Hx = History
One can have a history of codependent behaviors, a history with a substance (under our breaths, "hx of EtOh," to avoid embarrassing anyone), or a history with a particular person. History is, as the word suggests, subjective. There's the good kind of history as well--for example, the story of Florence Nightingale, and the history of nursing graduation rituals.
This already sailor-looking cap made a lot more sense once my dear friend Meg gifted me her mother's WWII nursing cap pin (complete with lovely anchor design), which made me wonder whether the history of nursing caps had something to do with the military.
The short answer is, no. Apparently, the nurse's cap was modeled after a nun's habit, paying homage to nuns being the earliest nurses. Florence Nightingale continued the tradition of the cap by making it part of a nurse's uniform that keeps hair neatly in place. We nursing students know that Nightingale was all about keeping the environment clean and sanitary (though ironically, caps were abolished in modern day hospitals because they're not washed and can harbor resistant bacteria and virulent viruses).
Our class got to vote whether we wanted to wear caps for graduation or not. The majority ruled, "cap."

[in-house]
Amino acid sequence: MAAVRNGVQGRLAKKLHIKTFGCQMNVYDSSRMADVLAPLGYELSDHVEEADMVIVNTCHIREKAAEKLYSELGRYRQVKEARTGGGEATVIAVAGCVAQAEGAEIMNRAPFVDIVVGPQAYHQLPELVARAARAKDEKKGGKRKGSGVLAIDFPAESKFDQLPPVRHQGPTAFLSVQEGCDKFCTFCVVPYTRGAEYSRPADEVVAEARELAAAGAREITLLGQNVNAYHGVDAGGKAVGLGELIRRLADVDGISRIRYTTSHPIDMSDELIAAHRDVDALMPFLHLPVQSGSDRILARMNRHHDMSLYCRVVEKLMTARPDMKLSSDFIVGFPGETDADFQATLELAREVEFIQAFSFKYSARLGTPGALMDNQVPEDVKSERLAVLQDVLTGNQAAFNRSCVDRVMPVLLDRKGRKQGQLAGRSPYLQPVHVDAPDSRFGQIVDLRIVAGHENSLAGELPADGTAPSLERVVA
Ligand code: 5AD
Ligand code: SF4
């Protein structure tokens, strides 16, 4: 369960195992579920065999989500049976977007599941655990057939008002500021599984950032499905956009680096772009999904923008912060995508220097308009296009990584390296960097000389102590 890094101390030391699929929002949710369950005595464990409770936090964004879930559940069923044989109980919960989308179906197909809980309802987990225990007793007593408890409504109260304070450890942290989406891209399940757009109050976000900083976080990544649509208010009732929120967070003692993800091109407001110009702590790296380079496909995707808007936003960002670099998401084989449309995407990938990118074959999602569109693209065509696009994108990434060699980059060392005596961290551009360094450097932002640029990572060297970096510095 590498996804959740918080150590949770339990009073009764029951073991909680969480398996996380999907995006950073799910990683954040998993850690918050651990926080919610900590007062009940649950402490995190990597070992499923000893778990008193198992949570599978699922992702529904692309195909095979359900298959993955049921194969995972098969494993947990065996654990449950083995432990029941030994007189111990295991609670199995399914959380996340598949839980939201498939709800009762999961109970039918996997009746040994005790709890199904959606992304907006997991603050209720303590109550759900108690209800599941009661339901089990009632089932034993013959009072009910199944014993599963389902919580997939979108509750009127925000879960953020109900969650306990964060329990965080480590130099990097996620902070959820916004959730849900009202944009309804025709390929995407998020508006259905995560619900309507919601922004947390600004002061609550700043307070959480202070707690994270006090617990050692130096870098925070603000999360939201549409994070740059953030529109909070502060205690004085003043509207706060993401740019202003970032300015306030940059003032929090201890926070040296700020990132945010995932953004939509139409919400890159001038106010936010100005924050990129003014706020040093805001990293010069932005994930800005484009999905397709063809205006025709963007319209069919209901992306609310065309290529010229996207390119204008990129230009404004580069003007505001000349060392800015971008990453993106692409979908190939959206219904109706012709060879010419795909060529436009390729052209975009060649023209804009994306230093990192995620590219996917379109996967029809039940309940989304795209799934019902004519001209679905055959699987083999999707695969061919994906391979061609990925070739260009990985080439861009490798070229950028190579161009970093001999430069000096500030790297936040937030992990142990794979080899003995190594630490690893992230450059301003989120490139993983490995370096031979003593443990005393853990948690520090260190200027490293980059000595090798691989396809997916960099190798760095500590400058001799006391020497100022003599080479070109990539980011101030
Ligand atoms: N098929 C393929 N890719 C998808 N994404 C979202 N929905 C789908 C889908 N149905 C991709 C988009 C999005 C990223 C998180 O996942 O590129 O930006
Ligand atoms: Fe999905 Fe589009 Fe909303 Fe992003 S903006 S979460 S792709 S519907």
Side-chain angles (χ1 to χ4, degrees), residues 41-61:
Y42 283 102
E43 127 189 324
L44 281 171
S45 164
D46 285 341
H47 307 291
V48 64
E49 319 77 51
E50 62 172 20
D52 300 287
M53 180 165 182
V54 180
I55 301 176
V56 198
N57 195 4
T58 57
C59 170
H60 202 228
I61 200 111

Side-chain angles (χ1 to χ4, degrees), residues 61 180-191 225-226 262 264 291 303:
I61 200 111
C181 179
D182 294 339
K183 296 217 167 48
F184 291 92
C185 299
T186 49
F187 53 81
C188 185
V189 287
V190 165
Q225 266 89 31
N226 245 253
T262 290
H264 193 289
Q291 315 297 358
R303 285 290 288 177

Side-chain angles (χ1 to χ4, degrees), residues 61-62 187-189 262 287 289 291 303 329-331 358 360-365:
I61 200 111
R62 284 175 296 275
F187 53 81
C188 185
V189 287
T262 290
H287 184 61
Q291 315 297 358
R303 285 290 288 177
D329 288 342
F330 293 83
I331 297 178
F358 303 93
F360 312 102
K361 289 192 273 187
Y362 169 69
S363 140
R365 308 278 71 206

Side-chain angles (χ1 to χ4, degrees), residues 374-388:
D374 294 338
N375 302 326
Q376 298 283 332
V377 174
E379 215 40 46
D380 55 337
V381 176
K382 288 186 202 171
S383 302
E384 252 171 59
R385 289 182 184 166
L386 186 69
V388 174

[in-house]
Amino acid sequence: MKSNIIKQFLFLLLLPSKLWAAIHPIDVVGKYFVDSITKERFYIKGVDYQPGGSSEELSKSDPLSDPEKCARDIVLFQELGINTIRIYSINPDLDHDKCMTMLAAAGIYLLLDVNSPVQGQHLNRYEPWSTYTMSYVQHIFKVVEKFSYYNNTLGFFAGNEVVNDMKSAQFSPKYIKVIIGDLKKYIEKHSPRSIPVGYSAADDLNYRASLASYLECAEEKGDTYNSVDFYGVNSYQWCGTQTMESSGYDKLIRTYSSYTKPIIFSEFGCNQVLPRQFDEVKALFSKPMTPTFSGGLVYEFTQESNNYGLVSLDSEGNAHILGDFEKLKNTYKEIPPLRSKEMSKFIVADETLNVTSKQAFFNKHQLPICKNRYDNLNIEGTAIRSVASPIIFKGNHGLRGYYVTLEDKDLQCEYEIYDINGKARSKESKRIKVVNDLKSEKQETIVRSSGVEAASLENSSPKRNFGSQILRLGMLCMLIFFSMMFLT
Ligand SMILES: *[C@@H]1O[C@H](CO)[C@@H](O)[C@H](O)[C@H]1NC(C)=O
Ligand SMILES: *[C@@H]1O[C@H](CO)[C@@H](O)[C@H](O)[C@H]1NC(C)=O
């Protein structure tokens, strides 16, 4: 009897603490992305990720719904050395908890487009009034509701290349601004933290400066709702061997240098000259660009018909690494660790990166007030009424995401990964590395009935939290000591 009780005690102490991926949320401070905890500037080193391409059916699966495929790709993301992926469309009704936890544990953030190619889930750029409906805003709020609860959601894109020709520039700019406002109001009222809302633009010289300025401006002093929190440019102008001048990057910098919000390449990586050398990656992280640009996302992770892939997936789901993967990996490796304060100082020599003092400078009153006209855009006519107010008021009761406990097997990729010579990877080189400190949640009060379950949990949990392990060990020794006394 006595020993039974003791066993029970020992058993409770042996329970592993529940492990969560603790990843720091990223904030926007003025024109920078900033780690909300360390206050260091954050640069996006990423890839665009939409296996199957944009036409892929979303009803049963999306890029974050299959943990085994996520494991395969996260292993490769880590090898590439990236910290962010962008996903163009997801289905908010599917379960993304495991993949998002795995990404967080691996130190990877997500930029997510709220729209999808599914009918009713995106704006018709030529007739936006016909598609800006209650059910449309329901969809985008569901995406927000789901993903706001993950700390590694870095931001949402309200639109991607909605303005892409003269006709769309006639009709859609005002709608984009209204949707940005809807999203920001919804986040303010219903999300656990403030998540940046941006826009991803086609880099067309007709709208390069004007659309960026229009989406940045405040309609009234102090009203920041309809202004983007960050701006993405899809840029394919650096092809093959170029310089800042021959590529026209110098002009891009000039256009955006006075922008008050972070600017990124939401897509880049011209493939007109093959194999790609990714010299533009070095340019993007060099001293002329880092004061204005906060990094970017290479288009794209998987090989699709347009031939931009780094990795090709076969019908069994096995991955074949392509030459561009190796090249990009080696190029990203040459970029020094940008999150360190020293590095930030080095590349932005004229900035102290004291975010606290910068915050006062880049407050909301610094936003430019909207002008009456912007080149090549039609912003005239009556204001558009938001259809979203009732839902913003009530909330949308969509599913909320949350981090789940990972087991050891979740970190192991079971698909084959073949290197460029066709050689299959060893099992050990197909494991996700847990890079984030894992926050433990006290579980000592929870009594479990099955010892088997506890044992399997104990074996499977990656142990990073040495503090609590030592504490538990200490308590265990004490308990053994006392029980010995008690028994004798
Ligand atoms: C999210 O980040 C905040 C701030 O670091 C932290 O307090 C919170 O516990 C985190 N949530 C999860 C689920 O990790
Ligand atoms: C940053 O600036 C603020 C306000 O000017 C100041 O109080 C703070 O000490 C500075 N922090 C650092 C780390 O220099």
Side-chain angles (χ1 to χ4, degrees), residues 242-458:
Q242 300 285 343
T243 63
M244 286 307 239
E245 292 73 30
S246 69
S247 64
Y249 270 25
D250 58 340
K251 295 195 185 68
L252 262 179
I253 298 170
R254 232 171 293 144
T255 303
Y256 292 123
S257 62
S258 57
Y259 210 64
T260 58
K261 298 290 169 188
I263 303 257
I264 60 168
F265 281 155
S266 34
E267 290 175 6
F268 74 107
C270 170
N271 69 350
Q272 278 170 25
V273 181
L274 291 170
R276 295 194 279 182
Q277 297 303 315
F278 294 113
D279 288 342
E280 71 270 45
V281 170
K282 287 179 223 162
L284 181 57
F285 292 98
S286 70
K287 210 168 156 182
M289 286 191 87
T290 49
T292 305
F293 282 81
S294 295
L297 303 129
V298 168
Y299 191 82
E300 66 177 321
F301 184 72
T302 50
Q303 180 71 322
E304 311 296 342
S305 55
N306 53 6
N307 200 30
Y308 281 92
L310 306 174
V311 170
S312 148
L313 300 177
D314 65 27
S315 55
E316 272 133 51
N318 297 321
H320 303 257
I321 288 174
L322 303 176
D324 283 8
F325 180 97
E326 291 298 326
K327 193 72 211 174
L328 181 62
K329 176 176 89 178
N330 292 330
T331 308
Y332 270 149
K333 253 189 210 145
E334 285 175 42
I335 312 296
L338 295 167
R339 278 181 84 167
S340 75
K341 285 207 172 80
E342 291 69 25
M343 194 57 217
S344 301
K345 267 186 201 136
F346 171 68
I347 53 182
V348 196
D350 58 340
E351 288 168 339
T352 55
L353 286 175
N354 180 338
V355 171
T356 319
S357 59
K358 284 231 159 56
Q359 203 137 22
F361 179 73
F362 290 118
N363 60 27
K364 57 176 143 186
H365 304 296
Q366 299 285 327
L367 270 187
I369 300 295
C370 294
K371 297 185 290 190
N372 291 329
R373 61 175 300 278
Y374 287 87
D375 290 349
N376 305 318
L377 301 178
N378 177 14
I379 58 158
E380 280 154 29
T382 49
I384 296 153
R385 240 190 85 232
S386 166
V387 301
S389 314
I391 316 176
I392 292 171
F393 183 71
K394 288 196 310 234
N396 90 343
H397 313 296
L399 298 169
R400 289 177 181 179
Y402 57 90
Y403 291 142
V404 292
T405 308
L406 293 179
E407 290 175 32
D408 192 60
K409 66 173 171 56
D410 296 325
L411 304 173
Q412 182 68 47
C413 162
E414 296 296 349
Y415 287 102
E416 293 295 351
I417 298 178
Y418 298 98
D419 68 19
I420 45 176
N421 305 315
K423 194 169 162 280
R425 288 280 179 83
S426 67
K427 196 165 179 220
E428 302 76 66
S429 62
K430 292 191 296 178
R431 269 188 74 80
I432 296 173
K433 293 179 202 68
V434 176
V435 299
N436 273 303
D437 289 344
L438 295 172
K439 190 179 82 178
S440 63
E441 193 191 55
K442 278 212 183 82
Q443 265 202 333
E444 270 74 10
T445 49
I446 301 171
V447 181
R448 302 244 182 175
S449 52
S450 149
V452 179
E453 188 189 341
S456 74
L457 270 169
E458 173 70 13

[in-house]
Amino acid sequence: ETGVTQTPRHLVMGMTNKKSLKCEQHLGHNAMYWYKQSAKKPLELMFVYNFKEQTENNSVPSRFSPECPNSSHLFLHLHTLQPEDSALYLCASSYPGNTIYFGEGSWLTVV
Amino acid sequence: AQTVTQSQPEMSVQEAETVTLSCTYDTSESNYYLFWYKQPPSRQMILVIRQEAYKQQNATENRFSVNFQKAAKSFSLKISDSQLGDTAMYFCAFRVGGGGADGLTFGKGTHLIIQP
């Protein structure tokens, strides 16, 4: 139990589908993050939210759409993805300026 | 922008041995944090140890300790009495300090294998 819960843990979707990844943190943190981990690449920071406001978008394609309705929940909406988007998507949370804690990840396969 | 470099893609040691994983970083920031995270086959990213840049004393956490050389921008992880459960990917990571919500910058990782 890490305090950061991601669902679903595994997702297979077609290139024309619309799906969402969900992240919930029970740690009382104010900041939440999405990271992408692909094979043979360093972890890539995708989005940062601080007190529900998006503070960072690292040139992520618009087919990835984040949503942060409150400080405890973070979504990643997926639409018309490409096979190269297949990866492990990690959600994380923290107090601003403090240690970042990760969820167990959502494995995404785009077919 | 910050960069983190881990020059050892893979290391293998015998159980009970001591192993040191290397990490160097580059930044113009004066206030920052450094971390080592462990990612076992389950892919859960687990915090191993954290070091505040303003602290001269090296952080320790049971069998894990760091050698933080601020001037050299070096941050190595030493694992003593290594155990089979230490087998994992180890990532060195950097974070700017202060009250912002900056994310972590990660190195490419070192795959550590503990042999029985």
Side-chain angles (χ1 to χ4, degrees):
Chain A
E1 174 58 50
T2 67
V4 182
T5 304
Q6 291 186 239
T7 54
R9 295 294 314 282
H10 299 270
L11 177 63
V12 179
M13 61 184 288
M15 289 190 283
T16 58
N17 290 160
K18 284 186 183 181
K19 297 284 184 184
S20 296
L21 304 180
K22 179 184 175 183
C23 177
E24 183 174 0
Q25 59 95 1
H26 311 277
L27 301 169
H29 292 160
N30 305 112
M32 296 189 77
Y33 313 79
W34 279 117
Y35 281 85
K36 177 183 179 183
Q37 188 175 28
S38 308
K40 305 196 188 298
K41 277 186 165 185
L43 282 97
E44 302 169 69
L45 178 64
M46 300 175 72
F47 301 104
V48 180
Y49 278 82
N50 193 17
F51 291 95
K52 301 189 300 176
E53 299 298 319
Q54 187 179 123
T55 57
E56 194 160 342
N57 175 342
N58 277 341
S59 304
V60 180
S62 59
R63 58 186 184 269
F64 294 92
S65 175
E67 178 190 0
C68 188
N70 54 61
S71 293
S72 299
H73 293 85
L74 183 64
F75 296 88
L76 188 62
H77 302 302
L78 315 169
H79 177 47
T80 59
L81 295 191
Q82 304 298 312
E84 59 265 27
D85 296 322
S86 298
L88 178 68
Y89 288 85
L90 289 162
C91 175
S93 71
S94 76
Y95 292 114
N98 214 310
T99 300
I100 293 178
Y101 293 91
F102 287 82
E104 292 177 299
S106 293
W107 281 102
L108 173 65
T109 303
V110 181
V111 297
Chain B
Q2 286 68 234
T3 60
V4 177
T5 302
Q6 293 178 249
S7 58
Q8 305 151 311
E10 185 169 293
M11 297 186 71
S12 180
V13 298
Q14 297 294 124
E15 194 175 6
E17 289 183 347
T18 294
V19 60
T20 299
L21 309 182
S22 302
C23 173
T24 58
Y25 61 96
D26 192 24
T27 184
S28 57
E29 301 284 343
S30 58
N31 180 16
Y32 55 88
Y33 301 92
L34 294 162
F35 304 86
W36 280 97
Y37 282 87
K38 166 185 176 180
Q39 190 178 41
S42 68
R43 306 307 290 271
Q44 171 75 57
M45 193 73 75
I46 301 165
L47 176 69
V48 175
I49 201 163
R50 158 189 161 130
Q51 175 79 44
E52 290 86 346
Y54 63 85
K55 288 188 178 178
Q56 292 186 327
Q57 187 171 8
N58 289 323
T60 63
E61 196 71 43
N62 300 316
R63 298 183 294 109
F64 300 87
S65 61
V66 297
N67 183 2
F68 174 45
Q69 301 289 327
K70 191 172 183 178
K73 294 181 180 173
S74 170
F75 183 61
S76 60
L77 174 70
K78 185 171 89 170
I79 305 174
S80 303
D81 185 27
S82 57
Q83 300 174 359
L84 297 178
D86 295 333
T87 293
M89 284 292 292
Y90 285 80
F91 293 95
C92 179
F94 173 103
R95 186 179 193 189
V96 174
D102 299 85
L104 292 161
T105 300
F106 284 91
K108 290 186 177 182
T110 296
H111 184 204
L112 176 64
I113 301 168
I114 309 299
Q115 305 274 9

Another tradition that pays homage to Florence Nightingale is the lamp, a symbol of her rounds at night as she took care of wounded soliders. Nursing instructors (in our case, our director) pass(es) the torch/flame on, quite literally, to graduating students at their pinning ceremony.
Speaking of pins, Queen Victoria herself awarded Florence Nightingale the Red Cross of St. George in recognition for her dedication and service to injured soldiers during the Crimean War. Nightingale, in turn, presented a medal of excellence to her brightest graduates. Nowadays, we don't play favorites--everyone gets a pin. While the pin often represents the school a nurse graduates from, our class decided to each pick our own pins.
Or, if we're really lucky, we're gifted a priceless pin with a world of history and a brave WWII pioneer woman behind it.